uBlock is an ad-blocking browser extension that's compatible with Chrome, Firefox, and Safari. The uBlock developers organize the entire codebase in a single repository and are able to share common, browser-independent logic between the three extensions in that way.
Right now I'm working on porting mediathread-chrome to Firefox. The single repository structure works for uBlock, but I'm going to try sketching out the simplest way to do this with a separate repository for each platform. My reasoning is that this is the structure we already have in place, and I'm also thinking that this way simplifies deployment. Each browser has its own set of tools for developing extensions, and I'm worried they'd get in eachother's way if everything's in one repository.
Firefox extensions are tested and packaged with Mozilla's jpm tool, which is a node.js program influenced by npm. It's possible to use node.js modules in Firefox extensions, in fact, this is the preferred way of including third-party code since jpm was introduced in early 2015.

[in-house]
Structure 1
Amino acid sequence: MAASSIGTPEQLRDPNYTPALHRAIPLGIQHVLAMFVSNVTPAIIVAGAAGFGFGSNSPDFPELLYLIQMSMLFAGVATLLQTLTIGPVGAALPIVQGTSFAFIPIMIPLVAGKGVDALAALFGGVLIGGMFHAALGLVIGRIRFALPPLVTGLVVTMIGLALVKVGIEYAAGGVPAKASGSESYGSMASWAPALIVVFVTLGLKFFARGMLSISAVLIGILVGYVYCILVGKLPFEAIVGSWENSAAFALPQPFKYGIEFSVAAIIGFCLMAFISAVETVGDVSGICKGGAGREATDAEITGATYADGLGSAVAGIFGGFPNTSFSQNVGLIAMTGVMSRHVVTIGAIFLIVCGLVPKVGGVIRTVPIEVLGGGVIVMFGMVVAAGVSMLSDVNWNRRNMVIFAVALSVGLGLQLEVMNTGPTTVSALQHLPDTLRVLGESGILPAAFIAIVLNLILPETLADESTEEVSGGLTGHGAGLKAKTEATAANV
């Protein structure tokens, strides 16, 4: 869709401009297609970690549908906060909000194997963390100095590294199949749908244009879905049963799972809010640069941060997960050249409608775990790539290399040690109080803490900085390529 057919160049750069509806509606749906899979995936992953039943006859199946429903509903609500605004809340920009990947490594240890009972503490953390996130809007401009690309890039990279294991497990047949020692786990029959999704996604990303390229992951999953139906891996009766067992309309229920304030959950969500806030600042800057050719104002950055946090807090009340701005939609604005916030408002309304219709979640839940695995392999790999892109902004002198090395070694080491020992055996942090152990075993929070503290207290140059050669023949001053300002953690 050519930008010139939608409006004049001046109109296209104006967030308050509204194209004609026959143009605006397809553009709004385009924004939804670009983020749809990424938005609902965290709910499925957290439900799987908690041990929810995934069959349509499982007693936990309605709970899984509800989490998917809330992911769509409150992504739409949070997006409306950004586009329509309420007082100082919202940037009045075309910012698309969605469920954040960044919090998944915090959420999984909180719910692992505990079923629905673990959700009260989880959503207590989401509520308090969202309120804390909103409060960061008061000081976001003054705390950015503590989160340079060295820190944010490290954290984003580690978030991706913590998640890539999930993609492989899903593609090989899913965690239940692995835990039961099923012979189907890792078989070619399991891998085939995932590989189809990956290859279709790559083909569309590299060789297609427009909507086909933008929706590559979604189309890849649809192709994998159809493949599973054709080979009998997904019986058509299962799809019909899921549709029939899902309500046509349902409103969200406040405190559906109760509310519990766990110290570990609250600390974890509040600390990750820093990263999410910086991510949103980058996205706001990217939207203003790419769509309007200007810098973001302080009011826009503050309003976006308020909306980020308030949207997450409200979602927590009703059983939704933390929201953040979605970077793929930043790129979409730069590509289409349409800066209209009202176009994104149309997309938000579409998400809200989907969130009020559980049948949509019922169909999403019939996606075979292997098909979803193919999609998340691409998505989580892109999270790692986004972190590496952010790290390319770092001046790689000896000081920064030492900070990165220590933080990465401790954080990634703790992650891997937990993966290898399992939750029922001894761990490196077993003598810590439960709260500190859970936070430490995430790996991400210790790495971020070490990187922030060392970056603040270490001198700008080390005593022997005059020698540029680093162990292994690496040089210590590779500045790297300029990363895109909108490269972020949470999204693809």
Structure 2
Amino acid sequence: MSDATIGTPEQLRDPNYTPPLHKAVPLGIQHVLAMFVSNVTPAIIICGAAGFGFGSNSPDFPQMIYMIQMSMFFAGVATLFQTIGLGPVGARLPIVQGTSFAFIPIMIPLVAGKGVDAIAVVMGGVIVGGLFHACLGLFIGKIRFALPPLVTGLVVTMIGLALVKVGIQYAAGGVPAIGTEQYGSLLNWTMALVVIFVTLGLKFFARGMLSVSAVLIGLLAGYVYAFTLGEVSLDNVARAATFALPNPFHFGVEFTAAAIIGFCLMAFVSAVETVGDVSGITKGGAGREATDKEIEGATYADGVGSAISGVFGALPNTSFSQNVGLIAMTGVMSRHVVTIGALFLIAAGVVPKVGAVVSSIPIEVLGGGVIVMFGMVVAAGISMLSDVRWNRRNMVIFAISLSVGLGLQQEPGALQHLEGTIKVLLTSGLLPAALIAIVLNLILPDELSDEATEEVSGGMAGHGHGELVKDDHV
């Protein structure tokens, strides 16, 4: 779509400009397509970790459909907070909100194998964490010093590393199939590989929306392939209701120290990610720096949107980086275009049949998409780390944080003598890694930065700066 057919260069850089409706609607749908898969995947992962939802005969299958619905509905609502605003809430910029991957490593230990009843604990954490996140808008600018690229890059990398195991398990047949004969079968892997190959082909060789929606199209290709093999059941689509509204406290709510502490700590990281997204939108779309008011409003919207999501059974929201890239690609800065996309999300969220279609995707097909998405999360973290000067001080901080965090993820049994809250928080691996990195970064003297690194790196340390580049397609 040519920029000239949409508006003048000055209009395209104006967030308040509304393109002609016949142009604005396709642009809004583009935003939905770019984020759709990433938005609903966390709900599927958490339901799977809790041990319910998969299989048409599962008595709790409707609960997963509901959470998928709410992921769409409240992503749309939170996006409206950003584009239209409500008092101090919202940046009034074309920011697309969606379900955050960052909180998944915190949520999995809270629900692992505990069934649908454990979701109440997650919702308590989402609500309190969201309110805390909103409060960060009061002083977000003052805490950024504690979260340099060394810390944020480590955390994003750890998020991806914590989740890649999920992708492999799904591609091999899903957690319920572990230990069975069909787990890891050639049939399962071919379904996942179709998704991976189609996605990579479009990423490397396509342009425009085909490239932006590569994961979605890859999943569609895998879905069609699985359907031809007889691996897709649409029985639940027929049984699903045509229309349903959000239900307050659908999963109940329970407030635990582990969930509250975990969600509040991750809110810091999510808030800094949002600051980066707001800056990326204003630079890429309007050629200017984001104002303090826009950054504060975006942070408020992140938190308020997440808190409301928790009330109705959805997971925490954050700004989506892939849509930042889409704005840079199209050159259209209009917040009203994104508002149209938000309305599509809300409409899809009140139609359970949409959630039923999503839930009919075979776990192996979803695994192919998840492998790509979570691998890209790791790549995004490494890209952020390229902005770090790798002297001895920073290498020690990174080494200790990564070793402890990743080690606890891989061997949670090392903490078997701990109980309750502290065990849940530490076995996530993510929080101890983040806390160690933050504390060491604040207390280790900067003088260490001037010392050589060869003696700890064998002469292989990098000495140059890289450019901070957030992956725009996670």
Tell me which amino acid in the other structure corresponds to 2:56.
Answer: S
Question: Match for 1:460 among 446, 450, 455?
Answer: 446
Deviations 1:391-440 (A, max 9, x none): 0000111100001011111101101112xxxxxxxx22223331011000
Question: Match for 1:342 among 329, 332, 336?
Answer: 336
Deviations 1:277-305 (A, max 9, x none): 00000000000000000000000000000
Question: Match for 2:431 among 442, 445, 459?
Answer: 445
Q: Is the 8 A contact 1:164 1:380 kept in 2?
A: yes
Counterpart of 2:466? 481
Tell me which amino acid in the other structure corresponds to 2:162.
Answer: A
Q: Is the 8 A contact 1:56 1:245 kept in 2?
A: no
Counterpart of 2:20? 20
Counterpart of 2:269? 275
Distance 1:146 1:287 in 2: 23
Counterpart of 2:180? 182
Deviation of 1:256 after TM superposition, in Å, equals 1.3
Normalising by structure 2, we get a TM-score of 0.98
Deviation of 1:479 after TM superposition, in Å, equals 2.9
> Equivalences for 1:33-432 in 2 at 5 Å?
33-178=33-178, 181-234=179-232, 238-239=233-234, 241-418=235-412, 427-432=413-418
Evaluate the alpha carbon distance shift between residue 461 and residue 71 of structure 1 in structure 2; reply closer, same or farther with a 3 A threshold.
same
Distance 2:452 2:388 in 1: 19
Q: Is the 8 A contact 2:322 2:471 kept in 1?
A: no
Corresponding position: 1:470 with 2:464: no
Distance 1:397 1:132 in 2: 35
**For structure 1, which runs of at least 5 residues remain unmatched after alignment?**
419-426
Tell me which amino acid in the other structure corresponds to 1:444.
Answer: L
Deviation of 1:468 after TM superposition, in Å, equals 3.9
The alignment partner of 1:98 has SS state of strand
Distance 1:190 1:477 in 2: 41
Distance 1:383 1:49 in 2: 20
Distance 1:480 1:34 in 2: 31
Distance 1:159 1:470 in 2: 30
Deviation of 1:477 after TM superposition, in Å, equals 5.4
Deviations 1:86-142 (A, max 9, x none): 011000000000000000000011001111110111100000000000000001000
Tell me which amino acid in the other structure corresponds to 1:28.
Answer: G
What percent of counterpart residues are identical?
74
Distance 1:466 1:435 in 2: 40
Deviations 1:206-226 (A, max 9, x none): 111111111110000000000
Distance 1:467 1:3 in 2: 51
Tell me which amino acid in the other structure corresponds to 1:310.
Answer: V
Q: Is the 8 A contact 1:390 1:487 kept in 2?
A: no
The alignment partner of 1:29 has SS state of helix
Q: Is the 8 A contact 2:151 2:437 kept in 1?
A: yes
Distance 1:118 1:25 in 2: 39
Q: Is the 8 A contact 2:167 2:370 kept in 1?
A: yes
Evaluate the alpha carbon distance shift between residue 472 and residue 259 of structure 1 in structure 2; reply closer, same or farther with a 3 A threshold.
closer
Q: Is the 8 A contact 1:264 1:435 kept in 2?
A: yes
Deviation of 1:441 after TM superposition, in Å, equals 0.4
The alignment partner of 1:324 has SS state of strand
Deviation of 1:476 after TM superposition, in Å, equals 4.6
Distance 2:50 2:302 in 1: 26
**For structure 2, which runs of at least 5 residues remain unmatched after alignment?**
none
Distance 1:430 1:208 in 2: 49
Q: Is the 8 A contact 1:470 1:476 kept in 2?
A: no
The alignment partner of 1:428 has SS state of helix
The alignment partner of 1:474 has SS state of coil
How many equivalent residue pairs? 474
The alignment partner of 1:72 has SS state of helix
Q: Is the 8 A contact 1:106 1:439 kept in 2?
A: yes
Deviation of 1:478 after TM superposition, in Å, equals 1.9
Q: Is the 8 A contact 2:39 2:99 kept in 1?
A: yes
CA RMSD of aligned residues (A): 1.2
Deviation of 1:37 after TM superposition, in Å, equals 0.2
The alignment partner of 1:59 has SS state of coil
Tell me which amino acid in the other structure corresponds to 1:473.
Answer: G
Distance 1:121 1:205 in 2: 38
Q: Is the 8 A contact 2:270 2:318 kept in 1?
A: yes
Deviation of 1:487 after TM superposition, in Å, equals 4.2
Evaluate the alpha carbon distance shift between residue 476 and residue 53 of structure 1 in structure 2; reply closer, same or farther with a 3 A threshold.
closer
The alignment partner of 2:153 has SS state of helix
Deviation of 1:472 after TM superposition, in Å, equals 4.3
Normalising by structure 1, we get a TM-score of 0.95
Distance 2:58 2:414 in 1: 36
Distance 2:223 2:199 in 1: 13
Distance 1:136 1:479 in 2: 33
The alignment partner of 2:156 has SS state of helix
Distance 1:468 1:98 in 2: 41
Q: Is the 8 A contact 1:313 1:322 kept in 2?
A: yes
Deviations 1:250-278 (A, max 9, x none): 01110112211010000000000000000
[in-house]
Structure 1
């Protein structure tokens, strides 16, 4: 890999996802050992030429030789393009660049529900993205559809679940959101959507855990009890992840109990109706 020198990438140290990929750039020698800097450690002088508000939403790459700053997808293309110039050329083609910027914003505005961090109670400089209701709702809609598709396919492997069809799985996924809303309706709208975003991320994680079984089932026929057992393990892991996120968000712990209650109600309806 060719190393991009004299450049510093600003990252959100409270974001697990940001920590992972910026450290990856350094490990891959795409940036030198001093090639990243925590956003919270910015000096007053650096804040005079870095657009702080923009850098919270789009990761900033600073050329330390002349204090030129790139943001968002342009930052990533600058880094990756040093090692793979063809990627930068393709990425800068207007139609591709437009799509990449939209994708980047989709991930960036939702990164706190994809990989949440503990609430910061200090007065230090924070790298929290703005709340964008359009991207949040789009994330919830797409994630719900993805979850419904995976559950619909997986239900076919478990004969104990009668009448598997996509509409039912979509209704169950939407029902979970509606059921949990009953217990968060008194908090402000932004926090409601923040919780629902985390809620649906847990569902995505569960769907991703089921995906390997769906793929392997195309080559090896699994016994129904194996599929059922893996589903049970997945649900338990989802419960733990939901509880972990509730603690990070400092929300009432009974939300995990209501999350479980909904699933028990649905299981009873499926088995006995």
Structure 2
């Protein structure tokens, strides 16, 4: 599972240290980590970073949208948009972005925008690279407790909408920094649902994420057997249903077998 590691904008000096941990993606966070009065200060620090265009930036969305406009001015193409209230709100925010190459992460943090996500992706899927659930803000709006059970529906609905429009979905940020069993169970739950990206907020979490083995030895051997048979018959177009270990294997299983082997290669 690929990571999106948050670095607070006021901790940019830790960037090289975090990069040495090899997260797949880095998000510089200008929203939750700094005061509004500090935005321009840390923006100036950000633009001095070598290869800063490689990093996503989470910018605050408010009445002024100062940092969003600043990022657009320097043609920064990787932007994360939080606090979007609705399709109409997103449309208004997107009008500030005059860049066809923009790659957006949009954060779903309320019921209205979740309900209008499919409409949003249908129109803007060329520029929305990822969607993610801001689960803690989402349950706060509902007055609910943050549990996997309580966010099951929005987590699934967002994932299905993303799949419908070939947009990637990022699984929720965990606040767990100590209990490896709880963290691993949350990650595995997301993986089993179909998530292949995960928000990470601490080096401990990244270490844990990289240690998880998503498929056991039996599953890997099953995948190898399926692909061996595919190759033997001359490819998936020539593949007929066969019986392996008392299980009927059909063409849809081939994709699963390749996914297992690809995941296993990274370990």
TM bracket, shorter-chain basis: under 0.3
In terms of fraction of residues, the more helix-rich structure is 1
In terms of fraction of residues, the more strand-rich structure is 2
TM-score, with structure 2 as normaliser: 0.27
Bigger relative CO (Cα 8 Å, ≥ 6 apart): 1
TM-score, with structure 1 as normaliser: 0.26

Chrome extensions, on the other hand, have no special
relationship to node.js. Chrome doesn't provide an extension
development tool like Mozilla's jpm. Instead, everything
is handled in the browser. Coming up with a testing scheme
is left as an exercise for the developer, but debugging
is much more seamless: Just add a
breakpoint in your extension code, and Chrome behaves as
npm to install third-party packages on a Chrome extension,
but I'm already using npm for testing purposes on
Another solution would be to use Bower as the package manager, instead of npm.
Or we could archive our "core" library manually and distribute the tarball, unpacking it when necessary like we do with Mediathread's bookmarklet. An even simpler way would be to copy over common code to update it, making sure to keep it separate from the browser-specific code. This is the approach I'm going to take for now, since it's the simplest and requires the least amount of configuration.